Dear Dawnya – How Do I Make Tea For A Large Group?

tea for a large group

Hi Readers-

It’s the beginning of the week and that means it is time for another Dear Dawnya post.  This week I answer a question that many of you may have wrestled with in the past.  How do you successfully make tea for a group and should you use teabags to do it?


Dear Dawnya,

I enjoy your website. It is very helpful.  I’m helping in the kitchen for a fund raiser for Adult Day Care organization in my community. I’ll be in charge of the tea making and serving (with help of course). There will be 120 guests. I know the group has water urns for tea that have not been used to brew coffee, but they want to use tea bags to make the tea, I assume in the urns. They will be serving both Earl Grey and Herbal teas.  For a 50 cup pot, how many tea bags to brew the Earl Grey for 120 guests? How long should the bags be brewed?

I would very much appreciate your advice.

Thank you,

Confused but Excited


Dear Confused but Excited,

Making tea for a large group is best done by creating and using a tea concentrate.  Your concentrate is made ahead of time and is poured into the pots that are then filled with boiling water.  The result is a mess free, consistent cup of tea for each and every guest.  If you plan to serve more than one tea you will need more than once concentrate made in advance.  Here is my personal recipe.  I share many more details of this process within my online course, Start A Tea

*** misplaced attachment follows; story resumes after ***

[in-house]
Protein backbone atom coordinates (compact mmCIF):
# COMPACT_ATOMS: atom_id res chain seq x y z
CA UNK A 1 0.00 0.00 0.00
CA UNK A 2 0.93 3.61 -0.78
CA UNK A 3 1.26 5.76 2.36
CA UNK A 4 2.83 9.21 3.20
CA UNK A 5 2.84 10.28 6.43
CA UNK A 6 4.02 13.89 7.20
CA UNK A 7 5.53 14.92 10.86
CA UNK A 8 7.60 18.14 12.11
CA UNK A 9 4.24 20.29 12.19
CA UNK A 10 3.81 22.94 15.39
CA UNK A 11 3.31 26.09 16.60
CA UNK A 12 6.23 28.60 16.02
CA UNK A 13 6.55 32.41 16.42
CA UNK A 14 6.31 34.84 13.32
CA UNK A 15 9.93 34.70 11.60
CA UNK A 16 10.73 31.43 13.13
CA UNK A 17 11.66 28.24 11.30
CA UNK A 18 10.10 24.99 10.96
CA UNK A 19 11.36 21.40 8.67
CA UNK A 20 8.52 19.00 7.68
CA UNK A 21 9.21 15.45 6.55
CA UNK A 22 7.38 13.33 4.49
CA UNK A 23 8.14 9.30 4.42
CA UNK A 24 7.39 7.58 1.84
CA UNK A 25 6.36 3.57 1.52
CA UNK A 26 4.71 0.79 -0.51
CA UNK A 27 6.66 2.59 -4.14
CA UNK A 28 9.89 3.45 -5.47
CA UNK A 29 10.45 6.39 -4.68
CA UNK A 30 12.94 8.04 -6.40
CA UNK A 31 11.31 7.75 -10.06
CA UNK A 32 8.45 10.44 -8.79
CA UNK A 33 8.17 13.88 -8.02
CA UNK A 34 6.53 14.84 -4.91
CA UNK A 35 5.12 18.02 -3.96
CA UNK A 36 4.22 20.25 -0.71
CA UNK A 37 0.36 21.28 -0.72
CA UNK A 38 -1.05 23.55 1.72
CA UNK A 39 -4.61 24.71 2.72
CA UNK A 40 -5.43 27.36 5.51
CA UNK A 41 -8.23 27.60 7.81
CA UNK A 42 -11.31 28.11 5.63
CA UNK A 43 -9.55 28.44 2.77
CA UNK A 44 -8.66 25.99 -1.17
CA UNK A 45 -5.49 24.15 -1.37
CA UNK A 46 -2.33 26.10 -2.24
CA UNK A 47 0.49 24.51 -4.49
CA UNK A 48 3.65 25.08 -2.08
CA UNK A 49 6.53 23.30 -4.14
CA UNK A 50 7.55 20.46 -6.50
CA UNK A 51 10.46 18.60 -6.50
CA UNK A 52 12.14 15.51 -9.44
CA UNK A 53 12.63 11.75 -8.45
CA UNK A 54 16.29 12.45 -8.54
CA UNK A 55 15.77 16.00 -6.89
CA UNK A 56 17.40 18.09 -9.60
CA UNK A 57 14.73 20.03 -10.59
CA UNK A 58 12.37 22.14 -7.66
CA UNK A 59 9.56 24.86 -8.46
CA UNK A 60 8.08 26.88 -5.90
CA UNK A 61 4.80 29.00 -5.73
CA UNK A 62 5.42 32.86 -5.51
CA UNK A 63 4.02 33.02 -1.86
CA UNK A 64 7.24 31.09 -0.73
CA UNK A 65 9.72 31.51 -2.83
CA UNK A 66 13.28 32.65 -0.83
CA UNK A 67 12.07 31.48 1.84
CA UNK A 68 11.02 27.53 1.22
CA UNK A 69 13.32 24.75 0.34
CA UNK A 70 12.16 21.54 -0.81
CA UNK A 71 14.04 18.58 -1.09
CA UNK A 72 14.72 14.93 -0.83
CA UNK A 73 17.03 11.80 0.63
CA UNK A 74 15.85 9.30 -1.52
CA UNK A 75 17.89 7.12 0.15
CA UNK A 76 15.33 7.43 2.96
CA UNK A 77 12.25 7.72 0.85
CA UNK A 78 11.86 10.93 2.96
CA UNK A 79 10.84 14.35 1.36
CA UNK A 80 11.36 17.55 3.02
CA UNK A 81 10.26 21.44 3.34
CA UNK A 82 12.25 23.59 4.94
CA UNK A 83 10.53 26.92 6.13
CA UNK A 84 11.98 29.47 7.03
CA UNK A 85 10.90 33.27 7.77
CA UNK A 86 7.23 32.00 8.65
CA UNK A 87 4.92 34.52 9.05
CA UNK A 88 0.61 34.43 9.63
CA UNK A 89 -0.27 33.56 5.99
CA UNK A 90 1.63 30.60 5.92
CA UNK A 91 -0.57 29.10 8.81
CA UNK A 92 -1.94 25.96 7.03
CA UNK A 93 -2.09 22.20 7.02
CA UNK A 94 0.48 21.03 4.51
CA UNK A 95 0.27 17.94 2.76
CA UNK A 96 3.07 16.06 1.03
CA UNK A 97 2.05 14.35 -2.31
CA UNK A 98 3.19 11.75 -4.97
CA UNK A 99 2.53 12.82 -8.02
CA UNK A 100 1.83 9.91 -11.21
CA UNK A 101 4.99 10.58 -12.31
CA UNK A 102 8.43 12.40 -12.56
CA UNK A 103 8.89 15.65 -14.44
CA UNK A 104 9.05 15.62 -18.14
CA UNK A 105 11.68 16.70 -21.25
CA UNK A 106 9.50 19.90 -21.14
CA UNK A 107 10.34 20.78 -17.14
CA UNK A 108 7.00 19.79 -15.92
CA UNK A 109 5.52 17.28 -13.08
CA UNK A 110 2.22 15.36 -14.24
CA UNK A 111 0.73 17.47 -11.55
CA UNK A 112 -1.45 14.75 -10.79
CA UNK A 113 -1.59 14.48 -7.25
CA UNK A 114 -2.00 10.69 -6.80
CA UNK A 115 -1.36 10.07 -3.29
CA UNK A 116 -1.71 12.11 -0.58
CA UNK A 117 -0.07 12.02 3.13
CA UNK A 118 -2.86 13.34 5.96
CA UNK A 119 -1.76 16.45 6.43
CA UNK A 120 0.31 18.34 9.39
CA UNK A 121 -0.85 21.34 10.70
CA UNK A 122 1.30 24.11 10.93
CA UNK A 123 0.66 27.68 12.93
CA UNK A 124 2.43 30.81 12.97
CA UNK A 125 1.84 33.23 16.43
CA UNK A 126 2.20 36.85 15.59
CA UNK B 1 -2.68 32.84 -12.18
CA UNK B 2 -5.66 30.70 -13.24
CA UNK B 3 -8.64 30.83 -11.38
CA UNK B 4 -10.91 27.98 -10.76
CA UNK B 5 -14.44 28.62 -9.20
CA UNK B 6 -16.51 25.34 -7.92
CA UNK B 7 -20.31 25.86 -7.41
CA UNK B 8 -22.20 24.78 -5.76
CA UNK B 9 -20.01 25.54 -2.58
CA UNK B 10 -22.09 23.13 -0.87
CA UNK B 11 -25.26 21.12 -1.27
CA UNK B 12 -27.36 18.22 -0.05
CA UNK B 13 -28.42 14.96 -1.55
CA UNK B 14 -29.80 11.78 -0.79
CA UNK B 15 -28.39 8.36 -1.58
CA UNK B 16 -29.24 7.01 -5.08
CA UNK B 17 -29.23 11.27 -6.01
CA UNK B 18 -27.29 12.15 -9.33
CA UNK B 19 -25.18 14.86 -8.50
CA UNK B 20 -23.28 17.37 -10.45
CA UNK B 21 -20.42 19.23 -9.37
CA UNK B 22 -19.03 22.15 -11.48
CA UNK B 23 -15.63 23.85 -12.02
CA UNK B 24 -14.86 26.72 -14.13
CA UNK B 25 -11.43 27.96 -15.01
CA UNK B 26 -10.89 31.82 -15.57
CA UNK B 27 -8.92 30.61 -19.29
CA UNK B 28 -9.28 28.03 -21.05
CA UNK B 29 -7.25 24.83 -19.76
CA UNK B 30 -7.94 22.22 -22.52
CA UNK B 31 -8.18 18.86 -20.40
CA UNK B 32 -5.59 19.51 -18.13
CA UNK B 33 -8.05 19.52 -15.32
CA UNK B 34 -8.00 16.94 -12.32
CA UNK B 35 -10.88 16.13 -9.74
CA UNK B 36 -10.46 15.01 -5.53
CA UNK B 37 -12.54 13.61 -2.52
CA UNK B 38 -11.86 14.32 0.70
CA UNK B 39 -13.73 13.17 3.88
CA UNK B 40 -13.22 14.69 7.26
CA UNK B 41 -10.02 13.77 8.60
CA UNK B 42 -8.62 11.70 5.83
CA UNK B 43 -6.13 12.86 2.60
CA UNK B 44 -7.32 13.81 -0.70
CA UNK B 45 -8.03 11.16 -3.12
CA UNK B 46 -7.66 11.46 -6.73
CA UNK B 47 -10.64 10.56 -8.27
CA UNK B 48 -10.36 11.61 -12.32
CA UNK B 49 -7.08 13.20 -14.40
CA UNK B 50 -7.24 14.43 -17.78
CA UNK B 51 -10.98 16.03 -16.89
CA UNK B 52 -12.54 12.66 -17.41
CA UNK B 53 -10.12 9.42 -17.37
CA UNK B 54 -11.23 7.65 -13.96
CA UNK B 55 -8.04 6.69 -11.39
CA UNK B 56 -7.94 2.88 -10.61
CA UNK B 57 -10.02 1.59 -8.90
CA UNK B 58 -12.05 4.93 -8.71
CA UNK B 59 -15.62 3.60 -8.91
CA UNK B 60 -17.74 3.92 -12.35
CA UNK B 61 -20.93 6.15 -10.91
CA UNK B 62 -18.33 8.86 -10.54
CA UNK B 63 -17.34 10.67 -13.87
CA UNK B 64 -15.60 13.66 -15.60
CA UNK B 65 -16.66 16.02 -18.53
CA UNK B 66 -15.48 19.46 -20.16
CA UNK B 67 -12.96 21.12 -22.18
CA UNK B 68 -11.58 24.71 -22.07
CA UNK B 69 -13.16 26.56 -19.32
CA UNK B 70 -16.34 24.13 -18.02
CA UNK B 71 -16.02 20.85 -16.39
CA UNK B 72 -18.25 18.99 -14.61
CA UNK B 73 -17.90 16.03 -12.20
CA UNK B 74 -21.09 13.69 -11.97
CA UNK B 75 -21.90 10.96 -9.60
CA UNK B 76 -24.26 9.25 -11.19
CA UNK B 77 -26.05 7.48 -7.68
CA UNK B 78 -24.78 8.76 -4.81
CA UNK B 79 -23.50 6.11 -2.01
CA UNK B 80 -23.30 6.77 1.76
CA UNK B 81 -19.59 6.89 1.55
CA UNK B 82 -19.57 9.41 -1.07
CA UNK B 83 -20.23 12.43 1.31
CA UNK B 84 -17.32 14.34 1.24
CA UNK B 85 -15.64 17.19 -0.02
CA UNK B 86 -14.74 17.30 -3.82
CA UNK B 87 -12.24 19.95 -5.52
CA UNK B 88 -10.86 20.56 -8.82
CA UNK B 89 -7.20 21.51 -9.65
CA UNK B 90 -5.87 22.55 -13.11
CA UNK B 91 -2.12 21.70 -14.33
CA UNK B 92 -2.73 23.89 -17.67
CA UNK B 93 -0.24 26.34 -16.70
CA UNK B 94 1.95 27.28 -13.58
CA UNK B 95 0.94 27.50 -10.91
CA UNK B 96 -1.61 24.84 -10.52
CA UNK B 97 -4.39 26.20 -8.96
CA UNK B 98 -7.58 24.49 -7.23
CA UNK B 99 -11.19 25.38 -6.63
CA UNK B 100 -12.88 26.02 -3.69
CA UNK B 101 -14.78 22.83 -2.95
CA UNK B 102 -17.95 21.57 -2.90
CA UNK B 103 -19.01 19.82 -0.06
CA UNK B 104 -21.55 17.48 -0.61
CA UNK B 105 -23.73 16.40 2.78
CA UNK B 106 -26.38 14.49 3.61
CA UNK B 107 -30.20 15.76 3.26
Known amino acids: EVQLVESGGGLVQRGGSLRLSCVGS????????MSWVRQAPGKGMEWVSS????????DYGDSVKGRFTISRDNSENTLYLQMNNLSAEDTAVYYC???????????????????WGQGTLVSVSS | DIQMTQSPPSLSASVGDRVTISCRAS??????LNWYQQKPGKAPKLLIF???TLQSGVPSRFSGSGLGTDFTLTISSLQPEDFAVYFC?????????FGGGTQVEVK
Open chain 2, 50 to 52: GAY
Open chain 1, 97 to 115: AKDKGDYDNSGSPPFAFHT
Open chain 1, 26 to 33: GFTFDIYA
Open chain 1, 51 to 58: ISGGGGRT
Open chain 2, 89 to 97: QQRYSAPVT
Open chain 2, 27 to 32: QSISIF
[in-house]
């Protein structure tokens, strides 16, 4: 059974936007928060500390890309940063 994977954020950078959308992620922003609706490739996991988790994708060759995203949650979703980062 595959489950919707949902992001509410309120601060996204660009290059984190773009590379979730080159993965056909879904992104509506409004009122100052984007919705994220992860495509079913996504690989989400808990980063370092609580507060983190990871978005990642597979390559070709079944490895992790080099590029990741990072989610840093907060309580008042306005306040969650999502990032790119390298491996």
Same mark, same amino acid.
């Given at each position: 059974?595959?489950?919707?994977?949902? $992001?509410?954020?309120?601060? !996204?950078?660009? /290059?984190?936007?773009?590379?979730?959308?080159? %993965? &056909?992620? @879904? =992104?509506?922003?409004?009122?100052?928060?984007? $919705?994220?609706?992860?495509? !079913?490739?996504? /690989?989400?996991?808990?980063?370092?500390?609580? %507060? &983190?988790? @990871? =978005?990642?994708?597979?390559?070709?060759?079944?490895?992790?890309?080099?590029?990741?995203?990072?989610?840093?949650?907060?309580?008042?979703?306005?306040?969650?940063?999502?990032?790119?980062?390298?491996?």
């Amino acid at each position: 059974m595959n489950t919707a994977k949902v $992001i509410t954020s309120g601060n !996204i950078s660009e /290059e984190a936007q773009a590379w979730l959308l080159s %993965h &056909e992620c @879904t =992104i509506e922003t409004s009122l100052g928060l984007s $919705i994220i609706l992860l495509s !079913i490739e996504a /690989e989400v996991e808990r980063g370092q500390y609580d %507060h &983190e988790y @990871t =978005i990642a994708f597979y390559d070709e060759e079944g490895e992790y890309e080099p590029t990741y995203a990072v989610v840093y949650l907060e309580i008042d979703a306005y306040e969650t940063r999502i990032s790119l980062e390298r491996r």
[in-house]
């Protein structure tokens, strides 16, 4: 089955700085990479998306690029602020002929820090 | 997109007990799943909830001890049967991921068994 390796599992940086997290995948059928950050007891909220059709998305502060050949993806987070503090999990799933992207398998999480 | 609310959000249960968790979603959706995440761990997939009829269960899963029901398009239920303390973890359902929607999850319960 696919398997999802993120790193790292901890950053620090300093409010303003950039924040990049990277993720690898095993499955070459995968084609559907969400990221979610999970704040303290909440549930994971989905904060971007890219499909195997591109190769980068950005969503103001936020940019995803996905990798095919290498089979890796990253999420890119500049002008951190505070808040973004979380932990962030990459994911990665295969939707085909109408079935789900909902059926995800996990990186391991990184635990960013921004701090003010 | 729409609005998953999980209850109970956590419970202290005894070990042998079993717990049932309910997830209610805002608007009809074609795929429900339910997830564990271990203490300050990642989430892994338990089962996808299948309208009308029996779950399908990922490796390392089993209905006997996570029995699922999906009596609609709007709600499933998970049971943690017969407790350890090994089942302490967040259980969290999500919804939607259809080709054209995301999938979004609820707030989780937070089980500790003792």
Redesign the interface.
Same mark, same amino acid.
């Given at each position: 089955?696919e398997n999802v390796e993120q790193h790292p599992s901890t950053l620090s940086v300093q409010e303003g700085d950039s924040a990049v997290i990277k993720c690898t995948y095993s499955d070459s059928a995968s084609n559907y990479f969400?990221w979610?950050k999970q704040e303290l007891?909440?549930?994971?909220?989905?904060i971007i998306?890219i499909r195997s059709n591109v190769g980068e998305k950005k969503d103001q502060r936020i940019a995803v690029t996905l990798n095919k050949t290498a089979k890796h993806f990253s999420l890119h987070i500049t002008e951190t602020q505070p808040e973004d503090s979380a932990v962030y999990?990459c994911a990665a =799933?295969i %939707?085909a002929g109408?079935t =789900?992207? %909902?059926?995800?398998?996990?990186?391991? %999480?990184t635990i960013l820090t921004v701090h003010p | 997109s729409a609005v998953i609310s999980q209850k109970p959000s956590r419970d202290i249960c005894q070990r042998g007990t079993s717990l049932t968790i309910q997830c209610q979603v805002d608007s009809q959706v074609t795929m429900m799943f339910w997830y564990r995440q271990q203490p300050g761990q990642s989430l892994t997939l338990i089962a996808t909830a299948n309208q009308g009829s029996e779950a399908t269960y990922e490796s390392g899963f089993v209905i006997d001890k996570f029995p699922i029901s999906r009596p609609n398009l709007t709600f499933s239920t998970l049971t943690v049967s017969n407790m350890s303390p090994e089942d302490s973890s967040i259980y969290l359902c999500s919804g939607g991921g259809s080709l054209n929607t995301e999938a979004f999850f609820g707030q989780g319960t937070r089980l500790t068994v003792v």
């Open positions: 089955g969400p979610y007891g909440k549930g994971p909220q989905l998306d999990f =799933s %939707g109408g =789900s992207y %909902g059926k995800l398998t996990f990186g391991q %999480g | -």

Tea Concentrate For Groups

25 servings = 1 qt water/ 1/2 cup loose tea or 25 bags

50 servings = 2 qt water/ 1 cup loose tea or 50 bags

100 servings = 1 gal water/ 2 cups loose tea or 100 bags

Make teabags w/ loose tea using large tea socks (can be ordered off of Amazon or purchased wholesale from

Bring water to a boil in a large pot and then remove from heat. Add the tea bags or the tea socks and steep for 3-5 minutes. Remove  the tea.  Let the tea cool and pour into pitchers and refrigerate.

This concentrate can be made up to 3 days in advance. Be sure to make it and test it before serving to a large gathering.

You can use the concentrate in the individual pots or in  large water urns which have NOT been used for coffee.